Desktop version

Home arrow Management arrow Coastal management in Australia

About This Book

This book provides an introduction to Australian coastal management, primarily for university students. It will also be of use to government employees and coastal planning consultants in drawing linkages between coastal processes and management. The book will give a better understanding of Australian coastal issues in a global context and also provide an overview of current Australian coastal management practices. It draws heavily on case studies from different states in order to make the text as relevant and practical as possible.

The first chapter of this book attempts to place Australian coastal management in a global context by outlining the importance of the world's coasts for humans and illustrating the international concern for unsustainable coastal resource use and development-related pressure on coastal ecosystems. This chapter clearly outlines how there is a growing international consensus of the need for integrated coastal management as the most effective way forward for the sustainable use of coastal resources. The factors influencing the recent reform of Australian coastal management are then examined. It is noted that there have been significant international influences, such as global change, integrated resource management, sustainable development, and a call for greater community participation. This chapter then outlines some of the major changes to Australian coastal management that have taken place in the 1990s and notes the complexity of management responsibilities and legislative mechanisms between the Commonwealth, state and local governments. This introductory chapter of the book then asks the question 'What is the coast?' and illustrates the diversity of scientific and management definitions, concluding with management definitions of the Australian coastline. This sets the scene for chapter 2.

While the focus of the book is on Australian coastal management and not coastal processes, chapter 2 of the book illustrates the importance of understanding coastal processes in order to effect proper coastal management. Chapter 2 does not attempt to take a traditional approach for discussing and categorising various coastal processes in a 'lock-step' fashion because this is better done by a number of other books which provide a good background to coastal processes from an Australian perspective (e.g. Bird 2000, Davies 1980, Thoml984) or an international perspective (e.g. Carter 1991, Carter & Woodroffe 1997, Davis 1996, Pethick 1997, Viles & Spencer 1995, Woodroffe 2003). The reader should refer to these for a better understanding of specific coastal processes. However, in order to draw the linkages between science and policy and the need for coastal managers to better understand coastal processes, chapter 2 provides a number of selected coastal process case studies (such as nearshore processes and beaches, coral reef and seagrass development) that illustrate the relevance of understanding processes in the context of policy formulation and implementation.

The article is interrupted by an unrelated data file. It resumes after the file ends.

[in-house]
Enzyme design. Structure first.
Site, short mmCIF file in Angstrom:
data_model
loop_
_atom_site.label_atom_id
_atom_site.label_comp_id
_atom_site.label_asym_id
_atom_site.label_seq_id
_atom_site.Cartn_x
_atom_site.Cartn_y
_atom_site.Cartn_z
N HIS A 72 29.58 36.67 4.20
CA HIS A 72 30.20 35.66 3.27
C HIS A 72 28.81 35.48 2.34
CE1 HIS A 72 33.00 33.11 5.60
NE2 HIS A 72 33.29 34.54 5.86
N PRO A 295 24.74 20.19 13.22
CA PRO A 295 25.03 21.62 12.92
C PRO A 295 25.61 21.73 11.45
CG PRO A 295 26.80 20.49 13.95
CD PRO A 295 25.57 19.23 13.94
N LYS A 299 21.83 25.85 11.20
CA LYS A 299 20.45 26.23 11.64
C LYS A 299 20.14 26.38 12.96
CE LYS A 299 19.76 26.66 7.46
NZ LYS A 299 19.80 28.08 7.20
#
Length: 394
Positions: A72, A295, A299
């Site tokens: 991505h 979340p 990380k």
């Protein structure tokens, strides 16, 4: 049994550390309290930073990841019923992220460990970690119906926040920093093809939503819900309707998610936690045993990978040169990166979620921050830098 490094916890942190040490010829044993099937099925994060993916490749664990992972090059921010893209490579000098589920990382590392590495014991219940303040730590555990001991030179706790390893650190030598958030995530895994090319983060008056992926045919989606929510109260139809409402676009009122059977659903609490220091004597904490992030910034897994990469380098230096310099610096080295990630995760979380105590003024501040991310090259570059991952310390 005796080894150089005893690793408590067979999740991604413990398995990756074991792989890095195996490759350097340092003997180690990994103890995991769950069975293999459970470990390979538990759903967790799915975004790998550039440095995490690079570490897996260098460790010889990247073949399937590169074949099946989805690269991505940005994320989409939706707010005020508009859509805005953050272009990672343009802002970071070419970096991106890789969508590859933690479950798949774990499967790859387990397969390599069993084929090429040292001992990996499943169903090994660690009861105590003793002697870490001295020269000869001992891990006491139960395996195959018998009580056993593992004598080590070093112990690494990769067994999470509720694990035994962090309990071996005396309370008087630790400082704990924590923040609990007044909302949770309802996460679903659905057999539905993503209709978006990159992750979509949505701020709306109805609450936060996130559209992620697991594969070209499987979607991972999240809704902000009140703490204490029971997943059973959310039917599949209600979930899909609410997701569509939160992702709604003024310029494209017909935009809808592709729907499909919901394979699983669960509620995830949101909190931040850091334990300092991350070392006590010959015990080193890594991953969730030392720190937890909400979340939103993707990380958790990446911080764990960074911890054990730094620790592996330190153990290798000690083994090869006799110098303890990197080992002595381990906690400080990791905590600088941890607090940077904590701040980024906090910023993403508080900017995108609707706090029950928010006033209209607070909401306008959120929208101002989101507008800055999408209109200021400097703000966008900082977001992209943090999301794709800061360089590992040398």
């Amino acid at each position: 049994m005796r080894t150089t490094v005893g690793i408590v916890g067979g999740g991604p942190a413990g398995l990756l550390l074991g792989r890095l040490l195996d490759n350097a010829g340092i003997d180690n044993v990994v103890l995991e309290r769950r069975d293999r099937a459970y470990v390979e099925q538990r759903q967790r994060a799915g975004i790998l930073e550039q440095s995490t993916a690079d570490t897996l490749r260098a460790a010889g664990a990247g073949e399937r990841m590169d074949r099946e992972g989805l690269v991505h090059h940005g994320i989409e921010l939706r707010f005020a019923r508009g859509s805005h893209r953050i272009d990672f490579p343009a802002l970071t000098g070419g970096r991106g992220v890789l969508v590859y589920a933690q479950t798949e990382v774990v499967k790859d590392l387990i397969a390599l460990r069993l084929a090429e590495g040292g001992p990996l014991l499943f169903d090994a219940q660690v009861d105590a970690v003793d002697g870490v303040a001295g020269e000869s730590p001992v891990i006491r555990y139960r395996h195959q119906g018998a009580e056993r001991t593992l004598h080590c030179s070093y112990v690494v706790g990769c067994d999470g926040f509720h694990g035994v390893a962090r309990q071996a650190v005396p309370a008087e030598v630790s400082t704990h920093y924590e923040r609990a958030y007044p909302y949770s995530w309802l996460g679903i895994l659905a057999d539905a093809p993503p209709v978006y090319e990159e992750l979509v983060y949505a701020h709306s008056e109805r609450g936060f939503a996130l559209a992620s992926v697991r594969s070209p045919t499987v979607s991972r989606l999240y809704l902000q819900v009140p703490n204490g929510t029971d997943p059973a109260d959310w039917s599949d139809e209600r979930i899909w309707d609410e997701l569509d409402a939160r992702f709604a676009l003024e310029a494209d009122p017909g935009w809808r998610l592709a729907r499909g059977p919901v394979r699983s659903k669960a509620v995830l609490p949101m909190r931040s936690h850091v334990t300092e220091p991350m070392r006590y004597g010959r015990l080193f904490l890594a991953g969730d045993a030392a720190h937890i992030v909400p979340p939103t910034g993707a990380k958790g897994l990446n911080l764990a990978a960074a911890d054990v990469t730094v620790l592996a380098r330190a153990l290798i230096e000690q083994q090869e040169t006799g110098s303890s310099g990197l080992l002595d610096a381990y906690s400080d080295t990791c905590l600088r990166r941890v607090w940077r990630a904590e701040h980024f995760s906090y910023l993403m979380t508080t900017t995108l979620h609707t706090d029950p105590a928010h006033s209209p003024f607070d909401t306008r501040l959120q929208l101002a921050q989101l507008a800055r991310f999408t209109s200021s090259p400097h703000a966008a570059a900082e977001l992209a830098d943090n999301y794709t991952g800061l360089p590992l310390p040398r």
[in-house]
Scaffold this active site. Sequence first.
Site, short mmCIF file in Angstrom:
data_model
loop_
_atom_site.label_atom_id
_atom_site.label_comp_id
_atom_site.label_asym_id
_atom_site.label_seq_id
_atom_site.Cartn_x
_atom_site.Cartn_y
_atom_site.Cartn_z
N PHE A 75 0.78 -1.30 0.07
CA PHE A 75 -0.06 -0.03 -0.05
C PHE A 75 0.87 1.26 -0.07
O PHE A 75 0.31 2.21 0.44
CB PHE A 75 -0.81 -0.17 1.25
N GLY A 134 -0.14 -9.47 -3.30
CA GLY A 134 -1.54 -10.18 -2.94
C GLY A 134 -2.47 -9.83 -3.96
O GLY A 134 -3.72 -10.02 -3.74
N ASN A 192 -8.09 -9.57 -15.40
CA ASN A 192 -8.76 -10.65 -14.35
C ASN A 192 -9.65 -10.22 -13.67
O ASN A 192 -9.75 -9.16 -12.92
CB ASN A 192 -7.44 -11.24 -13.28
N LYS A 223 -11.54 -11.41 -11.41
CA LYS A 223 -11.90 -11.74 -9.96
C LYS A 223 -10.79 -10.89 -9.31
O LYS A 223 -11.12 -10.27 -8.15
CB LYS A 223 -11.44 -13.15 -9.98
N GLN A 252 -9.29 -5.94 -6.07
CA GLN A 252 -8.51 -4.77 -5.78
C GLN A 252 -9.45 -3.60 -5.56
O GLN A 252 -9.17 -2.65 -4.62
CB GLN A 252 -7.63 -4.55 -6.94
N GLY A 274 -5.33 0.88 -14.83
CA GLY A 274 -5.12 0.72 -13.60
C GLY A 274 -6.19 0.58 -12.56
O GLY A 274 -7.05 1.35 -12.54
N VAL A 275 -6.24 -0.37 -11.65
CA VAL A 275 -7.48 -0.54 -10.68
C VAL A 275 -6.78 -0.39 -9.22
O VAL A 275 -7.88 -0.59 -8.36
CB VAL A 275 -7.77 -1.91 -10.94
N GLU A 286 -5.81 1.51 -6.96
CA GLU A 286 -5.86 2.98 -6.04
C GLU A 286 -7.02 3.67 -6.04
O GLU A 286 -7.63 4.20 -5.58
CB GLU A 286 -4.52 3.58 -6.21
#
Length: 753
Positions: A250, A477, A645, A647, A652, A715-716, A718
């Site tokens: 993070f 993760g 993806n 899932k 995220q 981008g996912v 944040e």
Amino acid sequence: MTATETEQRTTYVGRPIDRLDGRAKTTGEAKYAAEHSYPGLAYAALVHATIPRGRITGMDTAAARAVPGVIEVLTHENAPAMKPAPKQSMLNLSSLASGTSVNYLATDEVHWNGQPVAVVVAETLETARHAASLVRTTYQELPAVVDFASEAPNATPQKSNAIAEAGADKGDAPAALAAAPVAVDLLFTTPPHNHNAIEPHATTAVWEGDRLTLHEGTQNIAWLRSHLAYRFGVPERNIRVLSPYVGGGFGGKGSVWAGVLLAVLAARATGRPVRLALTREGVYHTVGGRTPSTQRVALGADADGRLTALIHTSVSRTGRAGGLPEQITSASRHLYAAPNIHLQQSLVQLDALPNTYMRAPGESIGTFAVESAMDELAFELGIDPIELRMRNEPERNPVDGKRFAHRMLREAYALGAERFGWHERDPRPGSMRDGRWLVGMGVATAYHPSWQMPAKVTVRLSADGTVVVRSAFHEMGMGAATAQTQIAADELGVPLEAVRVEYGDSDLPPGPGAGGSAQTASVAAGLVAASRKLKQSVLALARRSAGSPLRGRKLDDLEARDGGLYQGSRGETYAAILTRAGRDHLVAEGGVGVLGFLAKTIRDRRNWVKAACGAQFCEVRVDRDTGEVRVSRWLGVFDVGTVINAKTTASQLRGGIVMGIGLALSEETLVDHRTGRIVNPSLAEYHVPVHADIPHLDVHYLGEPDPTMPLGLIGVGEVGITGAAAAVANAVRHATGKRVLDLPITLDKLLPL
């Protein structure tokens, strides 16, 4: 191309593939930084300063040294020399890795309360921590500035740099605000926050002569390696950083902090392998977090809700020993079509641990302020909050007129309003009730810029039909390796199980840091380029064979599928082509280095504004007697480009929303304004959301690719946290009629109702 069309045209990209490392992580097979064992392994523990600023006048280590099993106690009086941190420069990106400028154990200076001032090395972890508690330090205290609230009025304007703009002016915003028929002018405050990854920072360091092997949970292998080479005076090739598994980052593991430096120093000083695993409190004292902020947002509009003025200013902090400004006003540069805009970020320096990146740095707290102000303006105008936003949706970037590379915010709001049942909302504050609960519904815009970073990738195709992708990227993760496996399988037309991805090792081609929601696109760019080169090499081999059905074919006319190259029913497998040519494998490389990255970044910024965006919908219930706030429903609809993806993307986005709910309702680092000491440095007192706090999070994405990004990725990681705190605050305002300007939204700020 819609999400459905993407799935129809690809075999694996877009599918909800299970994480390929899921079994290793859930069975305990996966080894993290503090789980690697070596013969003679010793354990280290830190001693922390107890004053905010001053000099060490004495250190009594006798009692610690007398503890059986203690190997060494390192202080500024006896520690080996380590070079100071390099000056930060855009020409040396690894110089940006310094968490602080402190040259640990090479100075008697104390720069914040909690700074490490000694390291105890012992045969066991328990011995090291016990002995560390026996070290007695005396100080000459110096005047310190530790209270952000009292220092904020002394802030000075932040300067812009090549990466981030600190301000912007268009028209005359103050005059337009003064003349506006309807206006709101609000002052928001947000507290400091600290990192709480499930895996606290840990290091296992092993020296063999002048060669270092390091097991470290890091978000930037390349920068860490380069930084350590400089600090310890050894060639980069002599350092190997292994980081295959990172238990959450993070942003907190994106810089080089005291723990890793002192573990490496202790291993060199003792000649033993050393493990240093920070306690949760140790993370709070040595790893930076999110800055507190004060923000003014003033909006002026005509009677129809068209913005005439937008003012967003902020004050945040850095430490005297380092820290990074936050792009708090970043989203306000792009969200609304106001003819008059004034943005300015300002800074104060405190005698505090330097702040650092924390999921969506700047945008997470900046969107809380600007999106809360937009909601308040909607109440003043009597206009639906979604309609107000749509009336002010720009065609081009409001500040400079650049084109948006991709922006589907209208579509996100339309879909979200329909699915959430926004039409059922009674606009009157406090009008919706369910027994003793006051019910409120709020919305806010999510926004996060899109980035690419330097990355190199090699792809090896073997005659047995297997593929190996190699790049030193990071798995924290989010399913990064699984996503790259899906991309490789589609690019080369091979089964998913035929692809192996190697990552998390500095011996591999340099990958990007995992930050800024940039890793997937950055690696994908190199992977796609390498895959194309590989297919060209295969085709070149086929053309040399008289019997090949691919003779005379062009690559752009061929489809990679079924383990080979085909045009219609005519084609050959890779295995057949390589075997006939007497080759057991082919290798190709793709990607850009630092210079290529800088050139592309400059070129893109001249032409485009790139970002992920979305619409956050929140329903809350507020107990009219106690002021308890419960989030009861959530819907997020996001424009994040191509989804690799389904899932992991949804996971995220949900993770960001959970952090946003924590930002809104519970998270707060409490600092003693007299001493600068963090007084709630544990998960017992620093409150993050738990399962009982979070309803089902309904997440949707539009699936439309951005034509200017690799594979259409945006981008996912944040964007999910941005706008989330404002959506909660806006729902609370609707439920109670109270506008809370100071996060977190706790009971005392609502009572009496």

Chapter 3 of the book focuses on human impact on the Australian coast. Rather than attempting an inventory of various impacts, this section uses selected case studies to outline the character and trends of human use; the major locations and extent of impact; and the conservation significance of impacts. Examples include the impact from urban development (metropolitan and non-metropolitan), the importance of catchment impacts on the coast, pressure from tourism and mining, and impacts from the commercial use of coastal waters.

Chapter 4 is the longest section of the book and deals with the need for coastal management. It examines in detail the various government roles and responsibilities, using specific examples of the various mechanisms for coastal management in the different states. It also outlines the role of environmental impact assessment, regional and strategic plans, local action plans and links to LA21. The chapter provides an overview of the role of the community in Australian coastal management, particularly with the introduction of schemes such as Coastcare. Another important aspect of management is determining priorities within the context of scarce management resources. In order to explore this, the chapter examines nature conservation issues, coastal areas of high conservation significance and landscape value. Finally, this chapter places planning and management in the context of sustainable coastal development and the need to consider the issue of scientific uncertainty and the precautionary principle in coastal planning.

The final chapter of the book – chapter 5 – attempts to provide an overview of the current state of coastal management in Australia. This is particularly relevant as there have been a number of coastal management changes occurring in the 1990s at all levels of government, along with greater community involvement that are collectively changing the way coastal management operates in this country. Given these recent changes, the concluding part of the book looks to the future for Australian coastal management particularly in the context of global change and the international imperative to develop effective integrated coastal management programs.

< Prev   CONTENTS   Next >

Related topics